keywords: Australian Jesuit

There are more than 200 results, only the first 200 are displayed here.

  • AUSTRALIA

    Australian Jesuit's gambling defence

    • Michael Mullins
    • 28 June 2010
    13 Comments

    Everybody knows that problem gambling, just like binge drinking and illicit drugs, destroys lives. But should governments be aiming to eliminate gambling altogether? The Australian Jesuit Michael Kelly thinks not.

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  • RELIGION

    A long forgotten, misunderstood Jesuit

    • Frank Brennan
    • 12 September 2018

    This book is a warning of the terrible price we shall pay if we do not follow Pope Francis' leadership. Frank Brennan launches Anthony M. Maher's The Forgotten Jesuit of Catholic Modernism: George Tyrrell's Prophetic Theology. Australian Centre for Christianity and Culture, 11 September 2018

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  • RELIGION

    Do pro-life Australians need a new approach?

    • Ann Deslandes
    • 04 June 2018
    56 Comments

    The result in Ireland is a timely reminder to political and/or church leaders in Australia who like to use Irish Catholic heritage as a way to defend their conservative views. On nearly all issues that have been debated by Australian Catholics against their religious obligations, the motherland is, clearly, no longer the source of moral legitimacy.

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  • PODCAST

    ChatterSquare S01E08: Comey dismissal and the Australian federal budget

    • Podcast
    • 16 May 2017

    We come to grips with the dismissal of FBI director James Comey. Is this about optics, process or something else? Then we turn to a more sedate pace in Australia, where the federal budget has neither damaged or boosted the Turnbull government. We finish with a few ways to stay intact in a tumultuous world.

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  • INTERNATIONAL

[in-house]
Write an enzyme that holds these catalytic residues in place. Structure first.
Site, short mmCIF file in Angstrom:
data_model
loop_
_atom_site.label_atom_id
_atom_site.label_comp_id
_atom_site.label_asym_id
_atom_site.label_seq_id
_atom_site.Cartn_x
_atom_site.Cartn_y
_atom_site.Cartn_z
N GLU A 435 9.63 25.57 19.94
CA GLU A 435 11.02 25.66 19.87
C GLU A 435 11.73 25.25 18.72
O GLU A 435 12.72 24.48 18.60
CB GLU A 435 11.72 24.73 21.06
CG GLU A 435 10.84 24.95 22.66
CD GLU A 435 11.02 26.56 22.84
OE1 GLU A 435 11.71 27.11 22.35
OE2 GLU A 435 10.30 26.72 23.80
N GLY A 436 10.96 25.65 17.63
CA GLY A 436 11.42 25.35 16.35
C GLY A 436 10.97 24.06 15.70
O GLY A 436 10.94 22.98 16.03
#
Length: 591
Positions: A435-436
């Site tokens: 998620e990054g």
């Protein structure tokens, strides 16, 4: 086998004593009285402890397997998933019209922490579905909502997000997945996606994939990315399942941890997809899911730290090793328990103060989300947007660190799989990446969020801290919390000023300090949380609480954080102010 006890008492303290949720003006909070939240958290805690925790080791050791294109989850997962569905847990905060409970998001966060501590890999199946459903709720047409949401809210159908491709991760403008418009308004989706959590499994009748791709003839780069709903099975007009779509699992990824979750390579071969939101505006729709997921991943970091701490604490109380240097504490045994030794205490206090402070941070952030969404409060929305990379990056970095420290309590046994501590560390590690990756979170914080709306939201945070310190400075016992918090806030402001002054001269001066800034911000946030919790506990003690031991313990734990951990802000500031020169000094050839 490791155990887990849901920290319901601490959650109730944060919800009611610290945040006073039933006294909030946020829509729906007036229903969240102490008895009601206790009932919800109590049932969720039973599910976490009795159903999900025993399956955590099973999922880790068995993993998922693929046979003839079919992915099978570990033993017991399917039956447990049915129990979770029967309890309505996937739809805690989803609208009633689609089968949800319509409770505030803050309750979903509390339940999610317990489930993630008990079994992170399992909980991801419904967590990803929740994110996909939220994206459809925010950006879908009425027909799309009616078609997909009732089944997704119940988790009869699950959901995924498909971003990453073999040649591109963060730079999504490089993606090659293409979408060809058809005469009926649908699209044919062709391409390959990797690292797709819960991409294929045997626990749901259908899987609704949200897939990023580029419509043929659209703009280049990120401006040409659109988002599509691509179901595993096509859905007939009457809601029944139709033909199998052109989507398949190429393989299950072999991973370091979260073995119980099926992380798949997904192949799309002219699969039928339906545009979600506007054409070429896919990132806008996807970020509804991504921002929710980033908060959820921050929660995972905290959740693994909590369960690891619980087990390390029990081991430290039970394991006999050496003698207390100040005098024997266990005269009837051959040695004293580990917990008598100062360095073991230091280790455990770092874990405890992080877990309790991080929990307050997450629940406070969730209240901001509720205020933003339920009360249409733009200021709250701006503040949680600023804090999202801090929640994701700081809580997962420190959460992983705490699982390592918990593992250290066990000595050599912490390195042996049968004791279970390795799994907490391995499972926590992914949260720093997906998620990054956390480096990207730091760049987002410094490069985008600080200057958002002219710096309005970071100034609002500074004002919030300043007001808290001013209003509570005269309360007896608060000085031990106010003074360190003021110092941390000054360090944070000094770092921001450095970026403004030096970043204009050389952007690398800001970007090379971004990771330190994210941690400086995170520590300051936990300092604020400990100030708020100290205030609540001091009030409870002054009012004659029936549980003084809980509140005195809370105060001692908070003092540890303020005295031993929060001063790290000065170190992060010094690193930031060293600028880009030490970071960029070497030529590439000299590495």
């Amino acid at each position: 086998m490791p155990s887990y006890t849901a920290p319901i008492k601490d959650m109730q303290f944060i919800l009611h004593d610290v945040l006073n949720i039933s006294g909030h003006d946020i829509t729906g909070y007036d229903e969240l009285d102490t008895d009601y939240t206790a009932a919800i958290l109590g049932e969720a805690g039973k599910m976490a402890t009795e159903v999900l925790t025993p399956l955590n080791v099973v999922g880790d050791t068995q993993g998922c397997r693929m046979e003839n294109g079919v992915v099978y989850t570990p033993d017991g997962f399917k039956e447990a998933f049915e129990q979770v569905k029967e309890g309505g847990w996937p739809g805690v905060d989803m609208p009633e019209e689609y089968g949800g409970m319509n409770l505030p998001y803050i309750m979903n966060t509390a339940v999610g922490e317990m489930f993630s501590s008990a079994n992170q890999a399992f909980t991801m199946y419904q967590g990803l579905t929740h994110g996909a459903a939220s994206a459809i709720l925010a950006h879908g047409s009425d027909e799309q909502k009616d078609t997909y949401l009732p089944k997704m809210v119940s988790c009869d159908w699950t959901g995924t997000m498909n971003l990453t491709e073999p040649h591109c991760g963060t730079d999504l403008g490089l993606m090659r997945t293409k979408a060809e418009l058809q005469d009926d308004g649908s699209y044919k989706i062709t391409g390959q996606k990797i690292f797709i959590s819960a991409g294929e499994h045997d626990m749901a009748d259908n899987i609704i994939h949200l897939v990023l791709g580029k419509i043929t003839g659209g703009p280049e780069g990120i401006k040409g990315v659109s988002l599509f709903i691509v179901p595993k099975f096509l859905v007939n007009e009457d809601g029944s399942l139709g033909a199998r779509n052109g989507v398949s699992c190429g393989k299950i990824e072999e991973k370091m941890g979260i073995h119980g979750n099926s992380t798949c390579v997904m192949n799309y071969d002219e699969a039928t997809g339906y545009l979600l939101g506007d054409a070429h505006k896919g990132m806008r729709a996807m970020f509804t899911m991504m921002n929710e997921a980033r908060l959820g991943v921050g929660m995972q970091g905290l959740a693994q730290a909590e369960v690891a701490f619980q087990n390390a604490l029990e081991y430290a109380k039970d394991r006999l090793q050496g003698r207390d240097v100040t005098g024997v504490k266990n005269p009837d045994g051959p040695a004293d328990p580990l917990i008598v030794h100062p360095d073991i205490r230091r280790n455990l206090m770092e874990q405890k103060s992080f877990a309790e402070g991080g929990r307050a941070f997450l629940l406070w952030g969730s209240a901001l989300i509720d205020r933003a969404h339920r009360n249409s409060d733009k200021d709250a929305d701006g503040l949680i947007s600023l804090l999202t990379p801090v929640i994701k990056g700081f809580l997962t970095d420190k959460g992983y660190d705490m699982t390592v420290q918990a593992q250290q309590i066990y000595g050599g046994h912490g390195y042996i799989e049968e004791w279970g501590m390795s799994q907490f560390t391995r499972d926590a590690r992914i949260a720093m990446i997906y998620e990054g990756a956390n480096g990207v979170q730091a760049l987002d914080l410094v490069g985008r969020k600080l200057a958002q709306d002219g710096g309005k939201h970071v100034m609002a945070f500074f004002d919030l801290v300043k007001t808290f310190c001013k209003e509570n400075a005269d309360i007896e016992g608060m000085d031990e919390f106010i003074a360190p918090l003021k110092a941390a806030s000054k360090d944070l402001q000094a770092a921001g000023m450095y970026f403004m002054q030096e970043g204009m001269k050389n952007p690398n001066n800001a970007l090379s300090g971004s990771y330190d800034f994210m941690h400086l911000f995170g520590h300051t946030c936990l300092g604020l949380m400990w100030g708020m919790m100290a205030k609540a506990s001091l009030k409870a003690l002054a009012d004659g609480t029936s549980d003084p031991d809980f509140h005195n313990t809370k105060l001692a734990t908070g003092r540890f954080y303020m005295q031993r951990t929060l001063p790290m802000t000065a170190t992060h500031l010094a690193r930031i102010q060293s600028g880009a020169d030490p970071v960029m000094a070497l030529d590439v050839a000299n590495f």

Religion and violence in Australian-Indigenous history

    • Frank Brennan
    • 27 July 2016
    2 Comments

    The violence at the pastoral frontier of the British colonies here in Australia was all pervasive. 228 years after it commenced, we are still experiencing the after-effects. When I started advocating Aboriginal rights here in Australia almost 40 years ago, the prevailing wisdom was that the missions and missionaries were all bad news. It will come as no surprise that I have always doubted that Aborigines were well rid of religion and the missionaries in all circumstances.

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  • AUSTRALIA

    Contours and prospects for Indigenous recognition in the Australian constitution

    • Frank Brennan
    • 16 October 2015
    2 Comments

    I acknowledge those Aborigines and Torres Strait Islanders who insist that they have never ceded their sovereignty to the rest of us. I join with those Aborigines and Torres Strait Islanders who hope for better days when they are recognised in the Australian Constitution. As an advocate for modest constitutional recognition for Indigenous Australians, I respect those Aborigines and Torres Strait Islanders who question the utility of such recognition. But I do take heart from President Obama's line in his Charleston eulogy for the late Reverend Clementa C. Pinckney: 'Justice grows out of recognition'.

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  • Reshaping the public space: Lessons for Australian refugee, Aboriginal and climate policy

    • Frank Brennan
    • 18 September 2015